Amazon Fire TV Stick 4K and Fire TV Cube

The Amazon Fire TV Stick 4K is the best Fire TV device for most people. It has the most features (that you'll actually want) of any of Amazon Fire TV's offerings.

Our pick

Amazon Fire TV Stick 4K

It's got support for 4K resolution, Dolby Vision, and Dolby Atmos. All for just $49.

It's tough to find a streaming device that ticks the box for every spec and feature. The Fire TV Stick 4K has all the stuff you'll really want.

Who should buy the Fire TV Stick 4K

Technically speaking, the Fire TV Stick 4K isn't at the head of the Fire TV family. That'd be the $129 Fire TV Cube, which has a microphone array, and Amazon Alexa built in, along with support for 4K and Dolby Atmos. But it's lacking Dolby Vision for HDR, which is our preferred format. The Fire TV Stick 4K has Dolby Vision — and costs about a third of the Fire TV Cube. Plus it comes with Amazon's new remote control, which features proper volume and power buttons.

Is it a good time to buy this stick?

Yes. The Fire TV Stick 4K was released on Oct. 31, 2018, and should remain so fresh and so clean for a good time to come.

Reasons to buy

  • Great Fire TV experience
  • Support for 4K, Dolby Vision and Dolby Atmos
  • Improved remote control
  • Great price

Reasons not to buy

  • Some apps are still slow

A great streaming stick for $49 (if not less)

Traditionally, streaming sticks have been the bastard stepchildren of TV tech. They've been underpowered and under-spec'd, meant to be just good enough for folks to buy — and to pad a bottom line. And so I haven't recommended them.

But the Amazon Fire TV 4K not only gives you all the specs you need — 4K resolution, Dolby Vision for HDR (along with HDR10+) and Dolby Atmos for audio, plus Wifi 5 (aka 802.11ac) — it does it at just $49. (And that's before Amazon sale prices kick in.)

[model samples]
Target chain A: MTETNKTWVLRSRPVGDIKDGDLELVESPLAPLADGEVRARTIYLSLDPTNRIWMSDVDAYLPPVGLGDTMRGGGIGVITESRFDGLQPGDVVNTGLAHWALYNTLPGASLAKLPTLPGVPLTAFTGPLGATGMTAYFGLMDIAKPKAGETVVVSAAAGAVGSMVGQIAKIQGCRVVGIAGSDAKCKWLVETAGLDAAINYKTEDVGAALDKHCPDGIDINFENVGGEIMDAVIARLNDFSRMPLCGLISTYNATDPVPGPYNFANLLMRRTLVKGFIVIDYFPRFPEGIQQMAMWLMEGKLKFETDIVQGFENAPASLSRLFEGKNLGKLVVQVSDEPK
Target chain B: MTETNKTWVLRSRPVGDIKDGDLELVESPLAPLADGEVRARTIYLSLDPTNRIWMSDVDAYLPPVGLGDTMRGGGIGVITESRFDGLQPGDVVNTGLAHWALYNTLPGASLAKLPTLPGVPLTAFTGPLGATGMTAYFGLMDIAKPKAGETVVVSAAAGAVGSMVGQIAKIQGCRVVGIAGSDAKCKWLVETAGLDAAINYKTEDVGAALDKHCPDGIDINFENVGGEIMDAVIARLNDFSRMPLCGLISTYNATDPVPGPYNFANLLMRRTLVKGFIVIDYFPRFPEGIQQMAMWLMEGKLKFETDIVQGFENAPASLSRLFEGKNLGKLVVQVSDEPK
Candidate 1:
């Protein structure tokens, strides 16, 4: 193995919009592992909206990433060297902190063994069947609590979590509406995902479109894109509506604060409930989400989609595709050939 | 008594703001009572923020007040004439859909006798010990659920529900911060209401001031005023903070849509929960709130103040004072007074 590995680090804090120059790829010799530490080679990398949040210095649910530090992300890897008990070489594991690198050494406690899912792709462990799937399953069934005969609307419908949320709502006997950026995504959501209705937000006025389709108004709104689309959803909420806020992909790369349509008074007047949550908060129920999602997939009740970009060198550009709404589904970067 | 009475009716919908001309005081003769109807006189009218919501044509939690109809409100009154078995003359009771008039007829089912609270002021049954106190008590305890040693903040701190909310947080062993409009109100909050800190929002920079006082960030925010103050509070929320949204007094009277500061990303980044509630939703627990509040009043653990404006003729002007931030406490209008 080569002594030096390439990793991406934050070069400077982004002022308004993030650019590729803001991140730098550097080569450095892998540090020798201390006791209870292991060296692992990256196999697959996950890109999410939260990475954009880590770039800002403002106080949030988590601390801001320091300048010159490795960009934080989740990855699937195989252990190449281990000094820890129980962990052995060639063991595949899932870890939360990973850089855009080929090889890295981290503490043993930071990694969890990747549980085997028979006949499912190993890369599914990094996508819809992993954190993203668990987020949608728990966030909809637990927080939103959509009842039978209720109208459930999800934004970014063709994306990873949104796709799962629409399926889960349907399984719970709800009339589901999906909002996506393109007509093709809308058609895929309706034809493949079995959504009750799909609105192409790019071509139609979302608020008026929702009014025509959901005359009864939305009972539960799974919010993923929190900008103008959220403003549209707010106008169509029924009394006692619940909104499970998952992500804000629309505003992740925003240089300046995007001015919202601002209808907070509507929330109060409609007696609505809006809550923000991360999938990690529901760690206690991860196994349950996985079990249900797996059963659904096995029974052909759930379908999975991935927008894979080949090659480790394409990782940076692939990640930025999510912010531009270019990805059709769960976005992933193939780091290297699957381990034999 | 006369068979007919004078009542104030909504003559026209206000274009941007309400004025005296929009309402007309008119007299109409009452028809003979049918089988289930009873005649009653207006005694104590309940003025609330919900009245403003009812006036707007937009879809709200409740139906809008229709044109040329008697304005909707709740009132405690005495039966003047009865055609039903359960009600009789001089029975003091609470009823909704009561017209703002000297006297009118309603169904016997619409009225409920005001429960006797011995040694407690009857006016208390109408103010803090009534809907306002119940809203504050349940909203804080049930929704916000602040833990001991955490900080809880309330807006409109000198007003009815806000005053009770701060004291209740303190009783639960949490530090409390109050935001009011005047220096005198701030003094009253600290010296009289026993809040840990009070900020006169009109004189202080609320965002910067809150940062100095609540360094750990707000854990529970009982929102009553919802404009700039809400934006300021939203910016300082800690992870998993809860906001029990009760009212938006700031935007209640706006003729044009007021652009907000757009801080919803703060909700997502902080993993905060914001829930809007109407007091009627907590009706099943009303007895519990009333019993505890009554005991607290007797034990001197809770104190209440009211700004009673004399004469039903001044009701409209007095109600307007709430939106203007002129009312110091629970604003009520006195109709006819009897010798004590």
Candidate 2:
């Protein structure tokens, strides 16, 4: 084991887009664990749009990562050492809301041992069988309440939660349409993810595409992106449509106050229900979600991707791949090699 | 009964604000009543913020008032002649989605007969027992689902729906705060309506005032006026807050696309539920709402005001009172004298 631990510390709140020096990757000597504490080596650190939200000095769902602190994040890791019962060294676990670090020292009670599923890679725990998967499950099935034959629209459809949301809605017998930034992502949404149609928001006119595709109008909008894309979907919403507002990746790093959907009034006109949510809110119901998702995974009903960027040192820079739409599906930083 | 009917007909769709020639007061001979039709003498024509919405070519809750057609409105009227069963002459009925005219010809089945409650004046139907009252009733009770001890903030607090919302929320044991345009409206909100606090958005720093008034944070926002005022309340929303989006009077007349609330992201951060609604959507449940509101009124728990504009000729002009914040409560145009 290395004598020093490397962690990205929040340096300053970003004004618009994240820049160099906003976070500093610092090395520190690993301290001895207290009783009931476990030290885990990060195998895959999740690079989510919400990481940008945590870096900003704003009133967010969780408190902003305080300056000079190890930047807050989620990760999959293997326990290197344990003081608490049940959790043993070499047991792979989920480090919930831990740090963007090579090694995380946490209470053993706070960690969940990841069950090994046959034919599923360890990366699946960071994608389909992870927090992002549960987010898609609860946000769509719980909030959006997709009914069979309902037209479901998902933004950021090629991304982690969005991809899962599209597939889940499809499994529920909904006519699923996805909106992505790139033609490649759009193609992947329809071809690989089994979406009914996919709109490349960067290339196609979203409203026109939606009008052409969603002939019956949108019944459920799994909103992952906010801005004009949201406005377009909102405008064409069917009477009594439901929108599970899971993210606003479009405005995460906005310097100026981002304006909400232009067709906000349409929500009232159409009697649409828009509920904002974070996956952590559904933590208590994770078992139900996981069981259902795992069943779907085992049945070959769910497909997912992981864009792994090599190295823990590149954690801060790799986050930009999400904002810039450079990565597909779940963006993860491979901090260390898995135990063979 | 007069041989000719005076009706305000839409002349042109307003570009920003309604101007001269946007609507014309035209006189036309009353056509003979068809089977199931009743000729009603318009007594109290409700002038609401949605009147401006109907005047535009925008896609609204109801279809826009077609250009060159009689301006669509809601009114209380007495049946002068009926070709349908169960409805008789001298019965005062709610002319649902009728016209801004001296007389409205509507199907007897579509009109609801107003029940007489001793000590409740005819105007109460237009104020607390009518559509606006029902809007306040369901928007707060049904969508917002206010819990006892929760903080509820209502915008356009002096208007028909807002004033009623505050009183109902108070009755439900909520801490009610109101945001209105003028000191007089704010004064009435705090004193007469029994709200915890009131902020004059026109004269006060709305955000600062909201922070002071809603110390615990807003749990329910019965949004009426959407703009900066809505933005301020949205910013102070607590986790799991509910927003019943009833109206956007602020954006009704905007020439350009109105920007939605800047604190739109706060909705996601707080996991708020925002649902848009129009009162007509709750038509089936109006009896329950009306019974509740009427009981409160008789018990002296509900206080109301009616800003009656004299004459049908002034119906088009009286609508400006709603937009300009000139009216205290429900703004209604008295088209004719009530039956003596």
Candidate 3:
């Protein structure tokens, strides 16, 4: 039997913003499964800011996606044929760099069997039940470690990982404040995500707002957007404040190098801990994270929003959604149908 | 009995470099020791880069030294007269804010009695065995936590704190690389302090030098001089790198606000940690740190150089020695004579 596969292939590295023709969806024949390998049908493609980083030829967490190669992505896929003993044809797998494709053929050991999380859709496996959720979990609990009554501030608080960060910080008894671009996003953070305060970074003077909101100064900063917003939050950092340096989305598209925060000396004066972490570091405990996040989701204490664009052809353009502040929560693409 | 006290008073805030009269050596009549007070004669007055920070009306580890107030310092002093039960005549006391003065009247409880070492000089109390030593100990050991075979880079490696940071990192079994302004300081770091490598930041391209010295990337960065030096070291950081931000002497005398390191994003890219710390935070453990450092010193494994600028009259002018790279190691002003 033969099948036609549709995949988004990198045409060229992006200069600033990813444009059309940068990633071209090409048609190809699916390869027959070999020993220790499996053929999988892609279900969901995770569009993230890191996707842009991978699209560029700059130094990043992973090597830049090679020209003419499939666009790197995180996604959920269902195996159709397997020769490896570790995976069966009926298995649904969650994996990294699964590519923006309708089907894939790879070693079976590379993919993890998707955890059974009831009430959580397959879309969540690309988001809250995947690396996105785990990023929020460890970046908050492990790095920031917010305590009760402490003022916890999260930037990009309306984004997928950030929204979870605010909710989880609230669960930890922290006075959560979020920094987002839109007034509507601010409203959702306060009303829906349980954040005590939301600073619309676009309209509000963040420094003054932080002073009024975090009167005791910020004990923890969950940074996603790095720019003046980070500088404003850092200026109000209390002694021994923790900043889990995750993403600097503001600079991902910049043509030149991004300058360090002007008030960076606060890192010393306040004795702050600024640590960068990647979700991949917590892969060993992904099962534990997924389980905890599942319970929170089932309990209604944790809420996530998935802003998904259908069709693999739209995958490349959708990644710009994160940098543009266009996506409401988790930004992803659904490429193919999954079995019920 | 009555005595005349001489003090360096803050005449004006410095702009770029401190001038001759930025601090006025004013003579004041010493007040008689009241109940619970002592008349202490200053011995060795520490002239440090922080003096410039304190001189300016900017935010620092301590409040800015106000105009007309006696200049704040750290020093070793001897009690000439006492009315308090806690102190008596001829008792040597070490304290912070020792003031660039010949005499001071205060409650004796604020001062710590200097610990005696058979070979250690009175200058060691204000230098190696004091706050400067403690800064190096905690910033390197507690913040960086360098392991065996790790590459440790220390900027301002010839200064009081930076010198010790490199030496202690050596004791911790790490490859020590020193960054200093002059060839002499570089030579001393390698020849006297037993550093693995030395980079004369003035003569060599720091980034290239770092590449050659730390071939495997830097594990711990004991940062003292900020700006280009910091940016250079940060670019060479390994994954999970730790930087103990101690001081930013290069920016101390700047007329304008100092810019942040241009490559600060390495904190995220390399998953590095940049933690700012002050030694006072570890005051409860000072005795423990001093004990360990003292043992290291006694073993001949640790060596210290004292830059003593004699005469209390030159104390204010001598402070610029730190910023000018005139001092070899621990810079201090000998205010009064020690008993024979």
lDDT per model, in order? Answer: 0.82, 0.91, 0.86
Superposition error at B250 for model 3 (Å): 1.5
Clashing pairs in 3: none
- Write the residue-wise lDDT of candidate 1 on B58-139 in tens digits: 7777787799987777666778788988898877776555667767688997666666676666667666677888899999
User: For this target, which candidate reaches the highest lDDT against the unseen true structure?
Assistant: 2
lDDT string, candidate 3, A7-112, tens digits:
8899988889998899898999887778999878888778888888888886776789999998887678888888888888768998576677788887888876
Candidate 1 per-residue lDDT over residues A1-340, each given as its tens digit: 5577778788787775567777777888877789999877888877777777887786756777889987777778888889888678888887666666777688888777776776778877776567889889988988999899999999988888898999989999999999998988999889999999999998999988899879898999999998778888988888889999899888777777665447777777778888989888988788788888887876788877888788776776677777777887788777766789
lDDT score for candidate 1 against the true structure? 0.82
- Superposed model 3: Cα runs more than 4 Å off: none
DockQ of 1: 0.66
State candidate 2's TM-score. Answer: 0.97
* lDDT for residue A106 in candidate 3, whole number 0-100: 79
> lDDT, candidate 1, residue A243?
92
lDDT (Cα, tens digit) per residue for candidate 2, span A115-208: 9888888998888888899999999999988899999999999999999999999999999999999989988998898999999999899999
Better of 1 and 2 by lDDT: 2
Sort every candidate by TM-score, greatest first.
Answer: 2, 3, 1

From my Fire TV Stick 4K review:

If you were to stop me on the street and ask which Amazon Fire TV device to buy, I'd say this one. The Fire TV Stick 4K.

If you don't need a 4K-capable Fire TV device — I'd still recommend this one. Because one day you may have a 4K TV and want to use this. Better to spend an extra $10 today than an extra $49 to upgrade again later, right?

It's got all the features you want. It's got a better remote. So long as you don't rely on YouTube TV (or YouTube proper, for that matter), you'll have everything you need, at a great price.

That's pretty much all there is to it. It's a good solid device. The only real downside is that it's a victim in the Great Google-Amazon War of 2016. And 2017. And 2018. That means no YouTube TV, and no real native YouTube. (There are some workarounds for the latter, of course.

Alternatives to the Amazon Fire TV Stick 4K

The Amazon Fire TV Stick 4K ain't the only 4K game in town. It's not even the only 4K game in the Amazon Fire TV family. Or, you could venture outside the Amazon ecosystem, if you want, and still stay in the same price range. Here are some options.

Runner-up

Roku Streaming Stick+

A great option at a good price.

The upsell of Roku's excellent streaming stick lands you 4K support, along with HDR 10 and support for Dolby Atmos audio. But it's lacking Dolby Vision.

Roku is a self-contained ecosystem that has access to every streaming service that's on an Amazon Fire TV — including Amazon Prime Video — plus it's got YouTube and YouTube TV. If you can live without Dolby Vision, it's an excellent option.

Bottom line

It's hard to beat the value proposition of the Amazon Fire TV Stick 4K. Except that it's missing a couple Google things — YouTube and YouTube TV, it's damned near perfect, with all the bells and whistles you need, and very little that you don't.

The only real strike against it? It's not as fast as the far-more-powerful Apple TV 4K or NVIDIA Shield TV. But it's also far less expensive.

Credits — The team that worked on this guide

Phil Nickinson is the editor of CordCutters.com, the Head Dad behind Modern Dad and Editor Emeritus of AndroidCentral.com. He's been a journalist since starting at his hometown newspaper in 1998, and with Mobile Nations since 2009. Follow him on Twitter: @Mdrndad.

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